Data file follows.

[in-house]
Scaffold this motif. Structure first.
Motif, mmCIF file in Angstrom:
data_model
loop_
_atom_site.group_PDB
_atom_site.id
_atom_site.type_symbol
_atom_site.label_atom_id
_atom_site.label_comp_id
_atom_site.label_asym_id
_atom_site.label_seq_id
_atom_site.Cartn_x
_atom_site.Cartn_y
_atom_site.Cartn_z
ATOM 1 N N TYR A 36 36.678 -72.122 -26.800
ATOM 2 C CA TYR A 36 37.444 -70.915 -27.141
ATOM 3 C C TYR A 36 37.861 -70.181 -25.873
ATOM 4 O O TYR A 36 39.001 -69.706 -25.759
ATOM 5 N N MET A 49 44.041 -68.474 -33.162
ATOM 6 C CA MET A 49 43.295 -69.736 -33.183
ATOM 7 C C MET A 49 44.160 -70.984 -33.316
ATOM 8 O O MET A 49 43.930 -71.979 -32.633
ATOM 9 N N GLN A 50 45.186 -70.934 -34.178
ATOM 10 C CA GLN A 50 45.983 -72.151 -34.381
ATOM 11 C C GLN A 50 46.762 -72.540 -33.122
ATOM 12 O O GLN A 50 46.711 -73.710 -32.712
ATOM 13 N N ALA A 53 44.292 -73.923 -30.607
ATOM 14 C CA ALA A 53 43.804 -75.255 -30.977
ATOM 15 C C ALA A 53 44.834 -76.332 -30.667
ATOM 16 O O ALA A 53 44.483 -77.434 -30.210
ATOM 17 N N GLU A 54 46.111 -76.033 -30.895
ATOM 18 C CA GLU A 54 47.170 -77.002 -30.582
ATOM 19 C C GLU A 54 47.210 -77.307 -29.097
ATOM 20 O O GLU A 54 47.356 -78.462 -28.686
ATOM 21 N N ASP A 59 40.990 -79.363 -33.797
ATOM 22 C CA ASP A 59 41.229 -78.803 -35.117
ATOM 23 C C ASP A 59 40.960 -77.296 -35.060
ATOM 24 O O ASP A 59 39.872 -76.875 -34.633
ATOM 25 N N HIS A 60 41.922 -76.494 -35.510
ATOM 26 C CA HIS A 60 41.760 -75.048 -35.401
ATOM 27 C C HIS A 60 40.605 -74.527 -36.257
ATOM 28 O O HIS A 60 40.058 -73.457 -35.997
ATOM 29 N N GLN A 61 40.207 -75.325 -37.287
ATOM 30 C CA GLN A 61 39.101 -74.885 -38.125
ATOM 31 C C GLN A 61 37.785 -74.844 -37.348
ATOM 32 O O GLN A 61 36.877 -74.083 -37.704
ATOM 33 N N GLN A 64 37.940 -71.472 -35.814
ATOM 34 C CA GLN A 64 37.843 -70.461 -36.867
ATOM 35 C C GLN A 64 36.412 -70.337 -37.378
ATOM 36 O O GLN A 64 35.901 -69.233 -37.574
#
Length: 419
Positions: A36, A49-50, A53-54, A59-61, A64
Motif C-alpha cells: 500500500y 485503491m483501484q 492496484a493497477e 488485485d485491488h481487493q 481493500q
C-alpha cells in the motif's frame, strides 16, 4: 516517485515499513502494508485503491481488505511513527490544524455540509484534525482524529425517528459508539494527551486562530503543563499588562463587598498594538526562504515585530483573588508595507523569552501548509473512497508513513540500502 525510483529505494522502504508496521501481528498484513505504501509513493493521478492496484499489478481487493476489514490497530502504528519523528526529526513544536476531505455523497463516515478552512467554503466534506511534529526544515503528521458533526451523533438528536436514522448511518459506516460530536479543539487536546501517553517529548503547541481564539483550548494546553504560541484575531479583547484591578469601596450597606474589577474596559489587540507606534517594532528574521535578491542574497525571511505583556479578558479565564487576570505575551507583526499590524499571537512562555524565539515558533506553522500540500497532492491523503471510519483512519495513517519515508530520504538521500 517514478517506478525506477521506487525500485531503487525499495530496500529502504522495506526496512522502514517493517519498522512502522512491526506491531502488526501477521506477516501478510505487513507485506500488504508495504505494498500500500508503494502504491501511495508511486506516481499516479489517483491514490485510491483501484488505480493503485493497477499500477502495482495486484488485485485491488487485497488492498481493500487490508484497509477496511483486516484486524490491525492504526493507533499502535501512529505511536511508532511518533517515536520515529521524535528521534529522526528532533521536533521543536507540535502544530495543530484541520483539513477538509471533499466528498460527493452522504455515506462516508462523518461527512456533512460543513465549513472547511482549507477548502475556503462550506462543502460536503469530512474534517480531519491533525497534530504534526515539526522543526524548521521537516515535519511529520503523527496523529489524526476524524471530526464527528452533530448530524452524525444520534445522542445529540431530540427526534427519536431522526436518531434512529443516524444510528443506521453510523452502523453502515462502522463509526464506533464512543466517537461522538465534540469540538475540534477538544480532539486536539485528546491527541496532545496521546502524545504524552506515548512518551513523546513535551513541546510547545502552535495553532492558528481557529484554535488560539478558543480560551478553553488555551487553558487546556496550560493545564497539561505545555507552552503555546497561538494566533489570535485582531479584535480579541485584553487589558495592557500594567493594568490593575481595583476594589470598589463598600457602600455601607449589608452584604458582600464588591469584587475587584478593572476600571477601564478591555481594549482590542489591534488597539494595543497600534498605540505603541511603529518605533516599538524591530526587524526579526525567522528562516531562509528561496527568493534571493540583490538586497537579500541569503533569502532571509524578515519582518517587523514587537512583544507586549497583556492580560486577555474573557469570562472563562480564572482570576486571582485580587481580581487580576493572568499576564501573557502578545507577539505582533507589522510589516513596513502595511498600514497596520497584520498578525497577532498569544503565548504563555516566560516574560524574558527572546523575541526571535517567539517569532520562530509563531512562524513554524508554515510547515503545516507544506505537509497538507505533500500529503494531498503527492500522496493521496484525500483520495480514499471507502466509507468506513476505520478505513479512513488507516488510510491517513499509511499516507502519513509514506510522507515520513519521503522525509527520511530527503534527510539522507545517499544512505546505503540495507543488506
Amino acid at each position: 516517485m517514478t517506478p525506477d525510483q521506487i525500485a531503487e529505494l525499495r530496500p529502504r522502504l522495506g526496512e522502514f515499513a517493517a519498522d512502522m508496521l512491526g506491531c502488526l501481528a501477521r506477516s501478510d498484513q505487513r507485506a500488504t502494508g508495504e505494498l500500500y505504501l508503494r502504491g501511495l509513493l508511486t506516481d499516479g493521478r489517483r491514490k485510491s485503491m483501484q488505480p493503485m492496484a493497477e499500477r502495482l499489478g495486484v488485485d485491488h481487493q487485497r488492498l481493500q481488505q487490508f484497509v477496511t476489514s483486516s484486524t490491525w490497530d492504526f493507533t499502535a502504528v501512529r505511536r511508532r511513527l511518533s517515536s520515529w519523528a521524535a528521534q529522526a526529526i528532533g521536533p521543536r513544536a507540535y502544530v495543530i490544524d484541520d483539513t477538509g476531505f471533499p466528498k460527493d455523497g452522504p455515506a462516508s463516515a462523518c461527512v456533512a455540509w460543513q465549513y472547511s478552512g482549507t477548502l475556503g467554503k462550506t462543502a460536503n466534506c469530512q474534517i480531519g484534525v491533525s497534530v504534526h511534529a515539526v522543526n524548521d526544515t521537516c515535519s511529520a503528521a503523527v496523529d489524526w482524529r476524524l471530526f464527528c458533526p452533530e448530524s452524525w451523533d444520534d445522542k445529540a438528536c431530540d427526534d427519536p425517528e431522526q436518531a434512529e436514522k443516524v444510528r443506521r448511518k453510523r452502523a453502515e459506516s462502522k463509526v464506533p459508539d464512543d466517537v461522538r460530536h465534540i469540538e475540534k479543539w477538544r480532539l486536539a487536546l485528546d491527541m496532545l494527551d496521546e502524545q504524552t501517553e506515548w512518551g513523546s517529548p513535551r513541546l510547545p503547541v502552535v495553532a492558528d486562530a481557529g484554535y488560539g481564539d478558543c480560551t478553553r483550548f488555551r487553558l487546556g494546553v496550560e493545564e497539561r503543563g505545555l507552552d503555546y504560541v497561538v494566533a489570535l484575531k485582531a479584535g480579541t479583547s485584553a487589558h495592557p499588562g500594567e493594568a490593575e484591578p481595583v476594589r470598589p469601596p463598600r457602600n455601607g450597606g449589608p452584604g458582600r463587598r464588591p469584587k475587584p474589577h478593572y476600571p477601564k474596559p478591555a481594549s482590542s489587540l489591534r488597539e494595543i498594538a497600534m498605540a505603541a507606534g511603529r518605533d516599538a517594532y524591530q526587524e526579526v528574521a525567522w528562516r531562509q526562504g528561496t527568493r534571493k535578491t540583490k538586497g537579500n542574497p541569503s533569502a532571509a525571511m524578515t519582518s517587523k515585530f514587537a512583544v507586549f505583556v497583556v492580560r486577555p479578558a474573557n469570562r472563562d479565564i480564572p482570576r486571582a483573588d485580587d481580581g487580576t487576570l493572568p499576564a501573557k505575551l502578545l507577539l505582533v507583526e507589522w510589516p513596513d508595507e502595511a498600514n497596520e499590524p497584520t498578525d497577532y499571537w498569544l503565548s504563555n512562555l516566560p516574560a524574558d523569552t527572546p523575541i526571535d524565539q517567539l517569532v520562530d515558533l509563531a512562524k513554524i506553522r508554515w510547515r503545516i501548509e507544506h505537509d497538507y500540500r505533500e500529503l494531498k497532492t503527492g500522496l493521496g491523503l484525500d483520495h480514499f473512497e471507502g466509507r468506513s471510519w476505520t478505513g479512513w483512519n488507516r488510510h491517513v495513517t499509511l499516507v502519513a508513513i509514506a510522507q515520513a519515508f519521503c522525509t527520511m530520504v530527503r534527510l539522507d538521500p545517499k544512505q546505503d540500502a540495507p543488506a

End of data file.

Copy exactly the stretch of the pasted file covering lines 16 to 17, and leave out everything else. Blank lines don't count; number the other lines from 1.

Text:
ATOM 1 N N TYR A 36 36.678 -72.122 -26.800
ATOM 2 C CA TYR A 36 37.444 -70.915 -27.141